Hospice to offer more accessible hours

Hospice of Central Peninsula is expanding office hours at its Kenai Spur Highway location so that services are more accessible to anyone who needs them.

The new hours, from 8:30 a.m. to 4:30 p.m. Monday through Thursday, give clients the opportunity to stop by before work, said Janice Nightingale, hospice’s executive director.

“What we heard a lot of last spring and this summer, is that people wanted to utilize our services, like loan closet and our library, but because our hours were 10 a.m. to 4 p.m. they couldn’t come before or after work” Nightingale said. “We were toying around with how we could benefit the community more and reach their needs, but knowing that we are a non-profit and don’t have the funding to stay open for 40 hours a week.”

So, starting Monday, the office will be open at 8:30 a.m., but what services can hospice clients receive within the new hours window?

The primary function of the volunteer hospice is to provide respite care for a caregiver who is watching over someone at the end of their life. All hospice volunteers go through training, a tuberculosis test and a background check, but as a volunteer hospice, Hospice of Central Peninsula cannot offer medical assistance or nursing to their clients. Instead they offer the gift of free time for those caring for the terminally ill.

“We are a buddy for the client,” Nightingale said. “We can do things around the house to make the family’s life easier like house cleaning or walking the dog, but the majority of what we do is sit and visit with the client so the main caregiver can do some things they need to do, even if it’s just relaxing or running some errands.”

Hospice becomes a part of the end of life support team, working alongside medical support to add comfort to the end of life.

“We follow the family and client’s lead as for what they are looking for. …We keep in touch with the doctors so we are on the same page with what’s going on at the end of life,” Nightingale said.

Hospice isn’t just for those looking for help in the final days, though.

“A lot of times, people won’t contact us until it’s really close to the end of life,” Nightingale said. “We like to get in touch with families three to six months ahead of time so we can establish a trusting relationship, and after a client passes, we have bereavement services, not just for clients and their family, for anyone in the community who may feel like they had a loss and need support.”

Hospice offers a loan closet, where they loan out durable medical equipment at no charge, such as wheelchairs, shower benches, crutches and walkers. The loaned items are available to anyone in the community as well.

“As long as someone needs it, they can borrow it,” Nightingale said.

There is also a library, which offers a variety of reading material and brochures for those seeking more information about caregiving, different terminal illnesses and how to handle grief.

“We have a variety of very specific brochures on loss, losing a sibling or grandparent,” said Lee Coray-Ludden, the bereavement coordinator. “And we have books on grief and caregiving support, on demetia and Alzheimer’s. It’s a great support tool for anyone that’s having to be a caregiver for a family and even for clients who are at the end of their life and are seeing themselves go down that road. They can get more information and prepare well.”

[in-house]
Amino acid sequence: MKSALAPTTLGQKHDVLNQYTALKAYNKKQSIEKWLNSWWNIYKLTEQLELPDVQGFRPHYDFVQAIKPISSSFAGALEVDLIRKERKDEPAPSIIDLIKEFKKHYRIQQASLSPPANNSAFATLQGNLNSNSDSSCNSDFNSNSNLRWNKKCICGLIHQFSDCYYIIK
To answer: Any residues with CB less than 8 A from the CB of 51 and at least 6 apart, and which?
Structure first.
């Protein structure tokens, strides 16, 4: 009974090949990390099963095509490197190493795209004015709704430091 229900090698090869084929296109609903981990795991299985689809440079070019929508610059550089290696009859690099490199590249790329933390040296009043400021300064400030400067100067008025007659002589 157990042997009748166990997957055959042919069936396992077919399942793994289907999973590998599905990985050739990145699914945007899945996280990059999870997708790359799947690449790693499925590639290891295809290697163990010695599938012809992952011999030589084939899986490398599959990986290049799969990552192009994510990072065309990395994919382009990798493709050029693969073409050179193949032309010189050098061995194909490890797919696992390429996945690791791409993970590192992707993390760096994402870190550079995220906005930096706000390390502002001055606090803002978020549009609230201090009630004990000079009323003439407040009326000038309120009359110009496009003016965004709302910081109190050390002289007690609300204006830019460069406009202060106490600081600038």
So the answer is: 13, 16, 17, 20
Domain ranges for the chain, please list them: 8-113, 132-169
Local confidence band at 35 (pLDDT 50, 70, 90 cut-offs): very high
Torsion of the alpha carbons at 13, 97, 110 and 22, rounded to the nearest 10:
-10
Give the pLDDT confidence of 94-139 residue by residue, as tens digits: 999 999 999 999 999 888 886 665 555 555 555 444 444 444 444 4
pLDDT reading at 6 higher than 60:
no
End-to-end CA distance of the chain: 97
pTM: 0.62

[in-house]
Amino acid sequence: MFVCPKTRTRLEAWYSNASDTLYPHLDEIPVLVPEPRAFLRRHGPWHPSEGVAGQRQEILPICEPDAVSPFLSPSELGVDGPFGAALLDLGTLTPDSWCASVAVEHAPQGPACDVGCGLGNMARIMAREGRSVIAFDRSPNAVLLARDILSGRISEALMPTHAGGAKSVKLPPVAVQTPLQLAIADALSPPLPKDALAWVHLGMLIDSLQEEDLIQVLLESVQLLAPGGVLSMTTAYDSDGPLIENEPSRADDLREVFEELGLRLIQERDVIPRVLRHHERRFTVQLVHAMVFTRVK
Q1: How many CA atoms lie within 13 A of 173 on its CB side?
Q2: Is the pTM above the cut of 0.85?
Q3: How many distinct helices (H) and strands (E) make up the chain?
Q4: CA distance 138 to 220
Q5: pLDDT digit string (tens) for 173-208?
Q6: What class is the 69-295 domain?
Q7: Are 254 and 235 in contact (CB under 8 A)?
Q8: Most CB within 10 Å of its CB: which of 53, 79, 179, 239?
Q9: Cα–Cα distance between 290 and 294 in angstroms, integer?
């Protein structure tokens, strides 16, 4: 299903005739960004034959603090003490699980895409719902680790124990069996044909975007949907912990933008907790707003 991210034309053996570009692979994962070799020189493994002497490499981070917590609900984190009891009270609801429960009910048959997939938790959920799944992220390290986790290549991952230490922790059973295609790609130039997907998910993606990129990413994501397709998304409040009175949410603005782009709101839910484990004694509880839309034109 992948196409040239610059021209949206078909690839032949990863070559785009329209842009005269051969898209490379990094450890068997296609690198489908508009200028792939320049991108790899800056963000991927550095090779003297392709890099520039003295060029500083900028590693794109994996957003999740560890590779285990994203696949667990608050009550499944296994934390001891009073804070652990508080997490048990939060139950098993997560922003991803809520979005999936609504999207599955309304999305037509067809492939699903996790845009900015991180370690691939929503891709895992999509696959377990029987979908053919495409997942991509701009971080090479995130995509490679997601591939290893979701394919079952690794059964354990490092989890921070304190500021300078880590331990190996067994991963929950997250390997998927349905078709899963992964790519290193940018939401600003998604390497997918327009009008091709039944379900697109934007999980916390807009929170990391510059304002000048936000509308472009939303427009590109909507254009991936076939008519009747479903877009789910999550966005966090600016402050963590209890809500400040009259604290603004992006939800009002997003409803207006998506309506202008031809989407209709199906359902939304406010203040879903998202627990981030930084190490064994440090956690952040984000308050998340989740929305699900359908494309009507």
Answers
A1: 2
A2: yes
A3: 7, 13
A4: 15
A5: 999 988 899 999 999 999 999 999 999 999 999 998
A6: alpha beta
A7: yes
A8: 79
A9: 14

“We have one book on Alzheimer’s that is great, it talks about how to take care of yourself when someone has died and how to take care of yourself when you know you are ill,” added Toni Reitter, Hospice’s adminstrative coordinator.

In the summer, Hospice offers programing for children and teens struggling with loss through Camp Mend-a-Heart. They also offer different programs to help people create advance directives, which are legally binding documents stating a person’s wishes regarding their medical treatment.

“You name the person you want to make care decisions, what kind of treatment you want and how comfortable you want to be,” Nightingale said. “You can really get down to the nitty gritty of what you want.”

Although they are not legally binding, Hospice offers similar programs for children and teenagers, allowing them to detail how they would want to be cared for in the face of a terminal illness.

“It’s a good conversation starter,” Nightingale said.

All of Hospice’s programming and services are offered at no cost to the community. They rely on donations, grants and fundraising efforts, such as their annual winter wine taste and auction event.

A big supporter of Hospice has been the Kenai Peninsula United Way, which will be closing its doors on June 30, 2018.

“We are losing a big chunk of change,” Nightingale said. “United Way are doing what they can, they will forward agencies on the peninsula to Anchorage, so we’ll need to be proactive in working with the Anchorage United Way.”

The United Way raises money and distributes the funds to different non-profit groups on the peninsula.

Hospice of the Central Peninsula is located at 35911 Kenai Spur Highway, Unit 9, in Soldotna.

Reach Kat Sorensen at kat.sorensen@peninsulaclarion.com.

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